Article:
From floating saunas to golden eggs, here are three futuristic Scandinavian spa experiences to try in Sweden and Finland, with a little help from Spa Whisperer.
Löyly Urban Sauna, Finland: powered by water and wind
Situated in the Finnish city of Helsinki, Löyly urban sauna is not only a beautiful architectural accomplishment, but a functional and social part of Finnish culture.Because the majority of new living spaces are built with their own sauna, public saunas have decreased both in popularity and quantity over the years. However, Löyly, with its eye-catching design, organic eatery and idyllic location, may just change all that.Löyly’s big, wooden terrace partly stretches out over the sea so you can hear the sound of gently breaking waves under foot.Traditionally, Finnish men and women bath separately and naked. While dressing rooms remain separate, Löyly’s architects have created a unisex sauna where visitors wear bathing suits and can, therefore, mingle with friends and partners.Most importantly, because electricity for Löyly’s sauna and restaurant is produced with water and wind power, it is one of the greenest saunas around.By Casey Gillespie, editor and founder of Spa Whisperer
Photographs by kuvio.com. Marc Goodwin, Archmospheres. Mikko Ryhänen/Joanna Laajisto Creative Studio.
Arctic Bath, Sweden: a floating spa on the Lule River
If you are the adventure-loving type, then add Sweden’s soon-to-be-launched Arctic Bath, a floating spa and hotel, to your bucket list. Dreamed up by the folks who created the spectacular Treehotel, it really is an otherworldly endeavour. Set afloat on the Lule River, this one-of-a-kind experience offers overnight accommodations in one of the six floating hotel rooms and, best of all, front row seats for the Northern Lights.In the winter when the river freezes, it envelopes the Arctic Bath, truly making it one of the most unique spa experiences in the world.The structure houses one spa treatment room, four saunas, an outside cold bath, a hot bath, showers (inside and out) and changing rooms.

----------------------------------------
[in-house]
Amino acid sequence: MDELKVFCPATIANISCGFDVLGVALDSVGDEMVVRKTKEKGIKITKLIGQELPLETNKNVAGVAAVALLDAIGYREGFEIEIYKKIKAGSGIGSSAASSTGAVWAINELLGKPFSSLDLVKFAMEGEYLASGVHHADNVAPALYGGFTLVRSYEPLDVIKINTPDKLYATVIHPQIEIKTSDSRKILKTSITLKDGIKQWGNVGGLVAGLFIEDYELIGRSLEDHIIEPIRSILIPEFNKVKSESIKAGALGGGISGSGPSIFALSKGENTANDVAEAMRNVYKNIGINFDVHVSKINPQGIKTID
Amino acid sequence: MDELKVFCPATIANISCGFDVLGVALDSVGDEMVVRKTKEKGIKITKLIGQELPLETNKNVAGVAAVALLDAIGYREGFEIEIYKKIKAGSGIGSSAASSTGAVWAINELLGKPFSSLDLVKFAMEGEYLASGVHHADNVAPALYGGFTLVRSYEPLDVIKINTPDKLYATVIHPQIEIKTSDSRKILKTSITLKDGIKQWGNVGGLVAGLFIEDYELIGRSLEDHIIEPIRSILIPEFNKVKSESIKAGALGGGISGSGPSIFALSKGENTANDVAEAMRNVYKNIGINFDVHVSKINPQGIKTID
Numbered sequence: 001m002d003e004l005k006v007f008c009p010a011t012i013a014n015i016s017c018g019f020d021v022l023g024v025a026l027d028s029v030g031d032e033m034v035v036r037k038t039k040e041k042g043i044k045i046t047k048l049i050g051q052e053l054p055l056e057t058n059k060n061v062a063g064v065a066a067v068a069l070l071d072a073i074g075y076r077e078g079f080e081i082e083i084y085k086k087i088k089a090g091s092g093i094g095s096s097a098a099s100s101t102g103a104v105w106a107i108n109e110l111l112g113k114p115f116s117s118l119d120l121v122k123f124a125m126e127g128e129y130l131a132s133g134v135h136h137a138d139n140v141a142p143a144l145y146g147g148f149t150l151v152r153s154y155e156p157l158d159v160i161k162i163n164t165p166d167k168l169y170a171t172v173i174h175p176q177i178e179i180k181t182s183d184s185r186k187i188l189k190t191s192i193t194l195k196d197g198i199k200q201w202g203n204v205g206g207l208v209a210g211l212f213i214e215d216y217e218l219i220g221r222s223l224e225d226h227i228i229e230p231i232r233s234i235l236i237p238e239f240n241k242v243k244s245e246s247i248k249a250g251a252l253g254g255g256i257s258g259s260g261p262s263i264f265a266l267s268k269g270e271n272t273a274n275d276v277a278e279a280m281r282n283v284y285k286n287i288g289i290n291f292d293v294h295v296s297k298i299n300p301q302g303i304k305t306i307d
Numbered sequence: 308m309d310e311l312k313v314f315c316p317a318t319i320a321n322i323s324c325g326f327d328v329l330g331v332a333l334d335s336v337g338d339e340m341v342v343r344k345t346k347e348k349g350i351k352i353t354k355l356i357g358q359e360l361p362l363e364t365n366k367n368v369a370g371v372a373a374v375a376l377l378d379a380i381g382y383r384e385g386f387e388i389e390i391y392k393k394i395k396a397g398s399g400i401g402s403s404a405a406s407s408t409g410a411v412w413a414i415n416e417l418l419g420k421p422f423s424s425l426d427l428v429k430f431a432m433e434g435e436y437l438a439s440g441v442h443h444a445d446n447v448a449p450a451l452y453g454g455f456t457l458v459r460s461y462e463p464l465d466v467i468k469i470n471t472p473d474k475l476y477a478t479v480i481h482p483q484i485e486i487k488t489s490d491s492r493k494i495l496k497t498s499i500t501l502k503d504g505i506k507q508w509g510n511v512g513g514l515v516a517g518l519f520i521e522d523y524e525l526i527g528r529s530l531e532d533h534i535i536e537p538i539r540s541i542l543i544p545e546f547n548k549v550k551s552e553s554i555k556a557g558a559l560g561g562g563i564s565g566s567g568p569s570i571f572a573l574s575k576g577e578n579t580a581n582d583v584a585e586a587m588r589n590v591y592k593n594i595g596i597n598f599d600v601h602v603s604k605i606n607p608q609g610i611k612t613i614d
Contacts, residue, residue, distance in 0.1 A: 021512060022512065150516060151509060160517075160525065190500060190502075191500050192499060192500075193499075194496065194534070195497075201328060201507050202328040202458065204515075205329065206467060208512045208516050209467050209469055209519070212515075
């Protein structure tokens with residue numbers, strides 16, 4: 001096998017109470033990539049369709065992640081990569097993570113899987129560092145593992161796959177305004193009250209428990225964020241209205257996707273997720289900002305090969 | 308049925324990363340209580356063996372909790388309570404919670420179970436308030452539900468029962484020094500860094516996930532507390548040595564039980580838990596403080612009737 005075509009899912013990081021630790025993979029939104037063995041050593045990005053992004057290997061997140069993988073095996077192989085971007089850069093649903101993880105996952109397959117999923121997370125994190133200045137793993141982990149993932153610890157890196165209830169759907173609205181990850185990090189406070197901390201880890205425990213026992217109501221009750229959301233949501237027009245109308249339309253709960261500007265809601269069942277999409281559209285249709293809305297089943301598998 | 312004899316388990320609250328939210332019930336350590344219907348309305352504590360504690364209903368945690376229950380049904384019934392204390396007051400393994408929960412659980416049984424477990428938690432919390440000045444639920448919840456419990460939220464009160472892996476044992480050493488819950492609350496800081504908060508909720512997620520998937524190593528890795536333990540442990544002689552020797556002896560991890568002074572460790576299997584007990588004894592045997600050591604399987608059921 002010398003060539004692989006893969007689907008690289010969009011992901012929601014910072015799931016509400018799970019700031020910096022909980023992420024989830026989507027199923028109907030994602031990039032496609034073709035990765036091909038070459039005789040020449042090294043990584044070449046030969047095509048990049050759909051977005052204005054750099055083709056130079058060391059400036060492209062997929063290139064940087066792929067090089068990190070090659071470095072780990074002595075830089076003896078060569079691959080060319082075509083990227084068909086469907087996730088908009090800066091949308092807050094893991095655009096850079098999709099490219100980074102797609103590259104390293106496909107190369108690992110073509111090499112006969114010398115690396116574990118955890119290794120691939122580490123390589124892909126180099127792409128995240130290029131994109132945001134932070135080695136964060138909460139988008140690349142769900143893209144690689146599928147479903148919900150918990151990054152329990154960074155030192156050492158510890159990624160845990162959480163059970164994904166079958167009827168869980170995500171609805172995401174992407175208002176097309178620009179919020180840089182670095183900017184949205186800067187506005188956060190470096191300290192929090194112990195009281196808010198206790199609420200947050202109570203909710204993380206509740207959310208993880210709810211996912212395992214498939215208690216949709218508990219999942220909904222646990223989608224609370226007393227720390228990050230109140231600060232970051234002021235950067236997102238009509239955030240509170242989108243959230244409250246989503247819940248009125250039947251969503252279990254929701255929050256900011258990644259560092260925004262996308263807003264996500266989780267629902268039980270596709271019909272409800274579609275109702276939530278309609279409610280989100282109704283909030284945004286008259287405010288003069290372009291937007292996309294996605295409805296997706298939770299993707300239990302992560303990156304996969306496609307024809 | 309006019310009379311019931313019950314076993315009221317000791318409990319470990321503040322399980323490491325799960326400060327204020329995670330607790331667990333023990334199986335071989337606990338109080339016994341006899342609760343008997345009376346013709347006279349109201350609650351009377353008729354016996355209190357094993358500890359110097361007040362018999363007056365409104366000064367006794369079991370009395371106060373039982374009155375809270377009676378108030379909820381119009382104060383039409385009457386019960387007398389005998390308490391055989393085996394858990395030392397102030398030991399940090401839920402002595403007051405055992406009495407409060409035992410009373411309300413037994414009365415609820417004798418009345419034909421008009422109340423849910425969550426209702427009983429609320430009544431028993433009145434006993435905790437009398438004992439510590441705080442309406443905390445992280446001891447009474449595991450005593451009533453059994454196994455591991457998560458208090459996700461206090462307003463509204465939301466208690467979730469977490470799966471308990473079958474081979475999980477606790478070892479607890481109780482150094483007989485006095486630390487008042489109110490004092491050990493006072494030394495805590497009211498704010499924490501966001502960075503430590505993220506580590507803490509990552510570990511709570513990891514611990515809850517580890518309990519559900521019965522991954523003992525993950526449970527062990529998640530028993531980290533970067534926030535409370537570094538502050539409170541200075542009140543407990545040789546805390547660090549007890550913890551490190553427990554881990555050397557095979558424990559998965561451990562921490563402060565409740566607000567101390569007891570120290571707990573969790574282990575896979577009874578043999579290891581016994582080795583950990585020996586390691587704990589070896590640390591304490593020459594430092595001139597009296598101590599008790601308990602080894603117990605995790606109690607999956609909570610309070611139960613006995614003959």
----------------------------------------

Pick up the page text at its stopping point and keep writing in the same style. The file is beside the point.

The center of the bath is open air and allows for sunbathing, ice bathing or stargazing from the plunge pool.It is set to open early this year and can be booked directly through Off the Map Travel. They accept reservations up to six months in advance, and no doubt the queue has already formed.
By Casey Gillespie, editor and founder of Spa Whisperer
Solar Egg, Sweden: a golden egg-shaped sauna
Last year, two artists, Bigert and Bergström, were commissioned to build this golden, egg-shaped sauna in Kiruna, Sweden’s northernmost town. The reason was less to attract tourists, more to draw attention to the impact of mining in the area. The entire town of Kiruna is being moved two miles east to allow for mining company LKAB to extract more iron from underneath its foundations.
The egg is made out of stainless golden mirror sheeting that reflects its snowy surroundings.
Mathias Sandberg, Riksbyggen sales and marketing director, says: “As an urban developer, Riksbyggen takes an innovative approach to sustainability and long-term relations with local residents. We want the Solar Egg to be an artistic attraction for everyone and a conversation catalyst.”
The interior has been crafted from wood, with wall panels and decking made out of pine and the bench of aspen. In the middle of the egg stands a wood-heated sauna stove made out of iron and stone. The temperature inside the egg varies between 75 degrees and 85 degrees Celsius.Bigert and Bergström said: “Saunas are places that fascinate. When Riksbyggen asked us to interpret Kiruna, we felt it was natural to explore a space that unites and encourages conversation. Saunas are sacrosanct places where you can discuss all manner of things – from the big to the small.”
Members of the public can book the sauna online at riksbyggen.se/solaregg. Riksbyggen will provide changing facilities, towels and other services in co-operation with Camp Ripan.Sandberg says: “The Solar Egg captures Kiruna’s fantastic spirit and its sauna traditions. It symbolises the sun as catalyst for creativity, care, hope and togetherness.”
A statement reads: “Solar Egg has been made as a social sculpture where local people and visitors to the town can meet and, for instance, discuss these challenges. In the arctic climate of Lapland the sauna occupies a key position, as a room for warmth and reflection.”